type: stack[\$1]
atom: stack[\$1]
cur_type: cur
cur_atom: cur

stack=[]
\$while 1
#-- lexer ----
\$do
\$if_match \s+
continue

\$if_match [\d\.]+
num = float(m.group(0))
cur=( num, "num")
break

\$if_match [-+*/]
op = m.group(0)
cur = (op, op)
break

\$if src_len>=src_pos
cur = ('', "eof")
break
#-- error ----
t=src[0:src_len]+" - "+src[src_len:]
raise Exception(t)
#-- reduce ----
\$do
\$if \$(cur_type)=="num"
break
#-- some ops are unary operator depending on the stack context
\$if len(stack)<1 or \$(type:-1)!="num"
cur = (cur, 'unary')
break
#-- nothing to reduce ----
\$if len(stack)<2
break
#-- if less precedence, then reduce ----
\$if precedence[\$(cur_type)]<=precedence[\$(type:-2)]
\$call reduce
continue
#-- shift ----
\$if \$(cur_type)!="eof"
stack.append: cur
\$else
#-- end of stream, return ----
\$if len(stack)>0
return stack[-1]
\$else
return None
# ---------------------------
subcode: reduce
\$if \$(type:-2) == "unary"
t = -\$(atom:-1)
stack[-2:]=[(t, "num")]
\$map reduce_binary, +, -, *, /

subcode: reduce_binary(op)
\$elif \$(type:-2)=='\$(op)'
t = \$(atom:-3) \$(op) \$(atom:-1)
stack[-3:]=[(t, "num")]
``````
``````
#---- calc.py:  ----
import: re
def main():
print(calc("1+2*-3"))

def calc(src):
src_len=len(src)
src_pos=0
precedence = {'eof':0, '+':1, '-':1, '*':2, '/':2, 'unary': 99}
re1 = re.compile(r"\s+")
re2 = re.compile(r"[\d\.]+")
re3 = re.compile(r"[-+*/]")
stack=[]
while 1:
while 1: # \$do
# r"\s+"
m = re1.match(src, src_pos)
if m:
src_pos=m.end()
continue
# r"[\d\.]+"
m = re2.match(src, src_pos)
if m:
src_pos=m.end()
num = float(m.group(0))
cur=( num, "num")
break
# r"[-+*/]"
m = re3.match(src, src_pos)
if m:
src_pos=m.end()
op = m.group(0)
cur = (op, op)
break
if src_len>=src_pos:
cur = ('', "eof")
break
t=src[0:src_len]+" - "+src[src_len:]
raise Exception(t)
break
while 1: # \$do
if cur=="num":
break
if len(stack)<1 or stack[-1]!="num":
cur = (cur, 'unary')
break
if len(stack)<2:
break
if precedence[cur]<=precedence[stack[-2]]:
if stack[-2] == "unary":
t = -stack[-1]
stack[-2:]=[(t, "num")]
elif stack[-2]=='+':
t = stack[-3] + stack[-1]
stack[-3:]=[(t, "num")]
elif stack[-2]=='-':
t = stack[-3] - stack[-1]
stack[-3:]=[(t, "num")]
elif stack[-2]=='*':
t = stack[-3] * stack[-1]
stack[-3:]=[(t, "num")]
elif stack[-2]=='/':
t = stack[-3] / stack[-1]
stack[-3:]=[(t, "num")]
continue
break
if cur!="eof":
stack.append(cur)
else:
if len(stack)>0:
return
else:
return

if __name__ == "__main__":
main()
``````

Too narrow? Try cross out the right-side "recent posts" pane (click on the top [x]).
For better view, The code is also available at github: calc.def and calc.py.
To work with the mydef version, you need install both MyDef and the output_python module, just follow the instructions.

The basic construct of the parser is to keep matching tokens off the head of input stream (in a `while 1` loop) until end (`eof`), then according to each token, we either push onto a stack or reduce the stack according to an operator precedence table.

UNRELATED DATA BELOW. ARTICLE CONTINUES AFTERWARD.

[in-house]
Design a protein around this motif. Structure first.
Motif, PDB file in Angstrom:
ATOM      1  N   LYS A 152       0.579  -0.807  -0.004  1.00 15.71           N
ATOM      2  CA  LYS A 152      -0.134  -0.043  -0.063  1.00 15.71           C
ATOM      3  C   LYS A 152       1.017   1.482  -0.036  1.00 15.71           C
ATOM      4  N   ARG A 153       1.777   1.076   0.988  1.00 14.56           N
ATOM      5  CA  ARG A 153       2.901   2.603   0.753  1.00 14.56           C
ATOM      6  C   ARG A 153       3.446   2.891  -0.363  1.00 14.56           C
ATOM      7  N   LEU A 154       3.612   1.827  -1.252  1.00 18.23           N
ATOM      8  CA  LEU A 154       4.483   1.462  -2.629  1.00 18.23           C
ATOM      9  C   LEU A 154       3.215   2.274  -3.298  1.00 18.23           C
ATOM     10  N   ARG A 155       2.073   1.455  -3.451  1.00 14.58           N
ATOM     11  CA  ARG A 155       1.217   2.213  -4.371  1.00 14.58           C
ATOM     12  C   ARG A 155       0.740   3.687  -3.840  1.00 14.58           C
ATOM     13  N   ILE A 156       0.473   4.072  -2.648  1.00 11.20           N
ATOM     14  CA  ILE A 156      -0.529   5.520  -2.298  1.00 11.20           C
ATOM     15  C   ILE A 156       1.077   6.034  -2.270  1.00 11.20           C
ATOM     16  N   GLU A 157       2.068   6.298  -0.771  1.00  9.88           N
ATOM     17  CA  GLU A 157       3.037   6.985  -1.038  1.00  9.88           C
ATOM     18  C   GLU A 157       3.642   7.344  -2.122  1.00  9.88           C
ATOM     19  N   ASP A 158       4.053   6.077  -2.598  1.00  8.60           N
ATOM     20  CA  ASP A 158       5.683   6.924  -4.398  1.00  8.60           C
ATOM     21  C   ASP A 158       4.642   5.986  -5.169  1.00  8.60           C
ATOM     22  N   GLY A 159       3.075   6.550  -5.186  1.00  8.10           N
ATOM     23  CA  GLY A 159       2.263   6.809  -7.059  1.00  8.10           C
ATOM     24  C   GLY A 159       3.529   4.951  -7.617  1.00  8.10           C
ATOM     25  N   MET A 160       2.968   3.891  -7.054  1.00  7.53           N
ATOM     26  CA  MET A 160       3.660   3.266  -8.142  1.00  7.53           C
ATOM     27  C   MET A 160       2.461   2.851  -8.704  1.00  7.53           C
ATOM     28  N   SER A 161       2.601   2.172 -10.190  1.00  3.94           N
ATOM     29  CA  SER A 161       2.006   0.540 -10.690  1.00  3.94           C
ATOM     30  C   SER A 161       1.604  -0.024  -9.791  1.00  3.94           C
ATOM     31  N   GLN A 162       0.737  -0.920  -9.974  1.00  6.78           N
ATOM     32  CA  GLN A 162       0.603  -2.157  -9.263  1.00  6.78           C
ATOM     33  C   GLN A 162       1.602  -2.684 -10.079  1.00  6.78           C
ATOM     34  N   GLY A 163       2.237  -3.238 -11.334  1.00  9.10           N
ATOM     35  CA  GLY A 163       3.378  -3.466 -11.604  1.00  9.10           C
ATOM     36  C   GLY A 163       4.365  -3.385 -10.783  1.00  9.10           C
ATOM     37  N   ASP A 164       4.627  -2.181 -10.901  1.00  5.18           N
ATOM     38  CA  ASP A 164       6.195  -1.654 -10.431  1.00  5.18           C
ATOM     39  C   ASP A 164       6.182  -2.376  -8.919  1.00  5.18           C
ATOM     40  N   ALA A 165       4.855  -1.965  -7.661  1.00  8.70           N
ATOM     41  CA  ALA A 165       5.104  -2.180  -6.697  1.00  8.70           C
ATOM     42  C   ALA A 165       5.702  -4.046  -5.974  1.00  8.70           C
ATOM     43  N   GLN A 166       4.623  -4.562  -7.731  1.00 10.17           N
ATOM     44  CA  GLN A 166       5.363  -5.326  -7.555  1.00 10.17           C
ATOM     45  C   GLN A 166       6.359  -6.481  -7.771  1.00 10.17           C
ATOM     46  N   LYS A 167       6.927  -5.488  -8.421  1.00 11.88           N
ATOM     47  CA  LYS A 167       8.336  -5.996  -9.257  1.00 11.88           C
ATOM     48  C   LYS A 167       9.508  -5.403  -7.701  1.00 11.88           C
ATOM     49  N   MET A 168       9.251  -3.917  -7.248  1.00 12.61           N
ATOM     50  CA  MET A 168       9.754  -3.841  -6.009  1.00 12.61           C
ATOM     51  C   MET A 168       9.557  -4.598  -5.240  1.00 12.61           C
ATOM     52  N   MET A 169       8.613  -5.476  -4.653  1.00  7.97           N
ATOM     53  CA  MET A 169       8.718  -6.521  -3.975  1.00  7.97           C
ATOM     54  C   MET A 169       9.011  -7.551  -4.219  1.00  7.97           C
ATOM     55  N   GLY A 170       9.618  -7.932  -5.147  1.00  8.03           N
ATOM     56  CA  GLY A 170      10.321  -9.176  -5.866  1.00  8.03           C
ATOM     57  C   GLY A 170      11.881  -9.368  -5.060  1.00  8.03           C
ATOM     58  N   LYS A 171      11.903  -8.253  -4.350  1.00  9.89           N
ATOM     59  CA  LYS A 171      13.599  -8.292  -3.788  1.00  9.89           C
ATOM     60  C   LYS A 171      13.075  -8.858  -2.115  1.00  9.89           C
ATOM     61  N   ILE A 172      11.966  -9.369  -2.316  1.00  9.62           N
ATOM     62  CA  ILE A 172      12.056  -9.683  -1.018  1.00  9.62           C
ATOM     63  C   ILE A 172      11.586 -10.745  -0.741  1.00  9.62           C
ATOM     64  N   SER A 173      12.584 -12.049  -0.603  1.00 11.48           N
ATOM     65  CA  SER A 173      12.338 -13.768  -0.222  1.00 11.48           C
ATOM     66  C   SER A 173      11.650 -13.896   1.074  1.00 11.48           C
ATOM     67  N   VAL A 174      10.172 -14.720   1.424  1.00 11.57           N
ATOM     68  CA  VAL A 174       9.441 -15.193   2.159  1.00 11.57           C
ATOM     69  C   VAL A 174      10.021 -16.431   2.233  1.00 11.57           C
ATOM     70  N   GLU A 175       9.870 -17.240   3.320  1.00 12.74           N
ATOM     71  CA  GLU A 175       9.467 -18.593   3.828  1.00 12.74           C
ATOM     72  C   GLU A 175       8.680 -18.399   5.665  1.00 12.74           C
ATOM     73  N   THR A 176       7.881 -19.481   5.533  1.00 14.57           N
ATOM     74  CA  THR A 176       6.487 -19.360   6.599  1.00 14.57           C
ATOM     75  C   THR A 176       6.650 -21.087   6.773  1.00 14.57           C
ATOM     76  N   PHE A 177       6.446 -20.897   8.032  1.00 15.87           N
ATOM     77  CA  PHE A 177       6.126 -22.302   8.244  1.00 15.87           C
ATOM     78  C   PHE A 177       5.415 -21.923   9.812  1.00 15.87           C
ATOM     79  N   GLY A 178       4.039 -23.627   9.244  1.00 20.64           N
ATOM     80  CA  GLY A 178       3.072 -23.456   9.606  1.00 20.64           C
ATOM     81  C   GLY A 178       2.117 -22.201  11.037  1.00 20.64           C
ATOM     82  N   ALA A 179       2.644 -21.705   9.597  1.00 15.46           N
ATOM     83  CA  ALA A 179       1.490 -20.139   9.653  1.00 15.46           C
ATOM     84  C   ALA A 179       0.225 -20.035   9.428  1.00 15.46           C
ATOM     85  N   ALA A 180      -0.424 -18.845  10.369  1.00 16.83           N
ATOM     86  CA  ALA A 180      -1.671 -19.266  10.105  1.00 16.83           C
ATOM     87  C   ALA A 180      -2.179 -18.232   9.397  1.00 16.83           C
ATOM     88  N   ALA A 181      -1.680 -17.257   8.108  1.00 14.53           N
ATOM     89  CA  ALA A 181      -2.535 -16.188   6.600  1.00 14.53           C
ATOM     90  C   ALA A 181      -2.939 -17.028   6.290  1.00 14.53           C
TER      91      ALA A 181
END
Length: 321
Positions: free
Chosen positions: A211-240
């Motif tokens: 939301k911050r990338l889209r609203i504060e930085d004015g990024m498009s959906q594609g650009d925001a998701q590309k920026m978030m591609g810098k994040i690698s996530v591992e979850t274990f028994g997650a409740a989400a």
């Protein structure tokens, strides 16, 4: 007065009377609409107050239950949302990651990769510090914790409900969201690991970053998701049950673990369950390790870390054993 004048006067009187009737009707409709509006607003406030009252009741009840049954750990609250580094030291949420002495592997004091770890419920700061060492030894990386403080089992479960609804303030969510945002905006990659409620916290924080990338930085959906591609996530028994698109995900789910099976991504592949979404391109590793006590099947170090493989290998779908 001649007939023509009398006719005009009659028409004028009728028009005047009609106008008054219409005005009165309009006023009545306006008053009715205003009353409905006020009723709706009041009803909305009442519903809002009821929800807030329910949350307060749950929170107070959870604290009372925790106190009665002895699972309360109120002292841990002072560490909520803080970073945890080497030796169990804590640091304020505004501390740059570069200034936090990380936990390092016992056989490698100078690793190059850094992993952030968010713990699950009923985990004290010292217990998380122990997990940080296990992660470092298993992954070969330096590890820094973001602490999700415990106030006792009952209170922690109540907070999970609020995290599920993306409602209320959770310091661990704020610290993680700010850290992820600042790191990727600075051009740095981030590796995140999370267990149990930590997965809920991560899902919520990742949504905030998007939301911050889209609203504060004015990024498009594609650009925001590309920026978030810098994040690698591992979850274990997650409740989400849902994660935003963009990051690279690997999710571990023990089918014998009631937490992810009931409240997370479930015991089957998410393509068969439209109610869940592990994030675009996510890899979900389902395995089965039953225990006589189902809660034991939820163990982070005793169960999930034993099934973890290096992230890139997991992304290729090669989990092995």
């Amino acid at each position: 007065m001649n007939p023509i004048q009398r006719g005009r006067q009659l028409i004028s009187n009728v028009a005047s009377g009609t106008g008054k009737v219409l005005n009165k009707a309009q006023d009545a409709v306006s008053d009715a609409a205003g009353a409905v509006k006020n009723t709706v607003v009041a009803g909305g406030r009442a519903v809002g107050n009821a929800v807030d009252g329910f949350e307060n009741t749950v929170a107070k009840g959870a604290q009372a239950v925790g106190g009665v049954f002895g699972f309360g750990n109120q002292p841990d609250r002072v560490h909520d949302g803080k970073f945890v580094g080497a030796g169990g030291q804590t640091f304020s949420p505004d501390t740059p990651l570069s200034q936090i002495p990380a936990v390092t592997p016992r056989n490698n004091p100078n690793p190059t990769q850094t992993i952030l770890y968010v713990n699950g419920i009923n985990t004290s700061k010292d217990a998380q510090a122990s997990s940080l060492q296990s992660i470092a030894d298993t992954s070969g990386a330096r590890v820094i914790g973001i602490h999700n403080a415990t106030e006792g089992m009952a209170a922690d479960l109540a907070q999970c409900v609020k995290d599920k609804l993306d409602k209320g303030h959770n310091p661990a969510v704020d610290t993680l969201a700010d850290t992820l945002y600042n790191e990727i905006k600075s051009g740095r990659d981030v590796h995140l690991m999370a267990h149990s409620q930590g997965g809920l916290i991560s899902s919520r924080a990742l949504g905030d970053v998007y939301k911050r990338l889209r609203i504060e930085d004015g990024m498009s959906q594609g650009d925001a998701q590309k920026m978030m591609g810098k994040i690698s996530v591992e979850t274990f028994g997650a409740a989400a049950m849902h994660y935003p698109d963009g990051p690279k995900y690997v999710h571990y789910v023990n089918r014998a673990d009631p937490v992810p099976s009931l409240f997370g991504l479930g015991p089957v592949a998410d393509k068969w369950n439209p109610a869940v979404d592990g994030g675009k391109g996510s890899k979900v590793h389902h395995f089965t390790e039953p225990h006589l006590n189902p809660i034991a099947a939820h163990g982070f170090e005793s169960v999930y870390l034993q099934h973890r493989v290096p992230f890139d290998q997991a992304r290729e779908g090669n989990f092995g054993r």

The regex is limited to `re.match`, an always anchored version, which ensures efficiency. For complex syntax, we may desire to combine multiple regex into a bigger pattern, sort of what typical lexer generator such as flex does, but then we sacrifice readability. I view it as an optional optimization. The bottle neck of typical compilers seldom lies at the parser, so I believe these optimizations are not critical. Similarly, I opted for infinite loops and relies on sequential `if` tests and `break` or `continue` statements, which we may optimize but opted for flexibility (and maintainability).

All tokens are represented as a tuple with its second member always a type. I believe a tuple is faster than a dictionary or array in Python. In C, this probably will be a struct. Tuple is not very readable, so I introduced a few macros. Macros in MyDef is used both for convenience (less typing) and better readability (a name rather than a series of tokens that require parsing).

`DUMP_STUB` in MyDef is a place holder where we can inject code, regex compilation in this case. The custom syntax of (\$if_match) inject code to `regex_compile` stub. It is a convention (albeit arbitrary). If we accidentally omit this `DUMP_STUB`, the injected re compilation code will be missing, which will certainly break the code and thus easy to spot and fix. I did not choose to fix this stub at a global location so we can choose where best to place them. `\$if_match` always uses variable `src` and `src_len`, again an arbitrary decision of convention.

It should be noted that I am not introducing any new algorithm here. Operator precedence based parsing is a very old algorithm. What I introduce here is a new type of style, where we do not lay out all the lexer token, nor do we declare a full set of grammar; rather, we construct the lexer on the go with a regex syntax, and program the logic of whether to reduce or shift as we lex. On one hand, it lacks the rigor, e.g. the lexer and the reduction or shift logic is highly dependent on the order of test; unless we test, there is no telling whether the grammar as we parsed is ambiguous or not. On the other hand, it is much more flexible; for example, it is easy to add test of context in the lexer and parse the string into different token according to the context. Adding context will increase the complexity, but on the other hand, trying to fit a complex logic into a simple model may introduce even more complexity.

Nor do I claim my code is correct or efficient. The purpose is not to show off my programming skills, but to explore or experiment and hope I could solicit some feedbacks or interested buddies.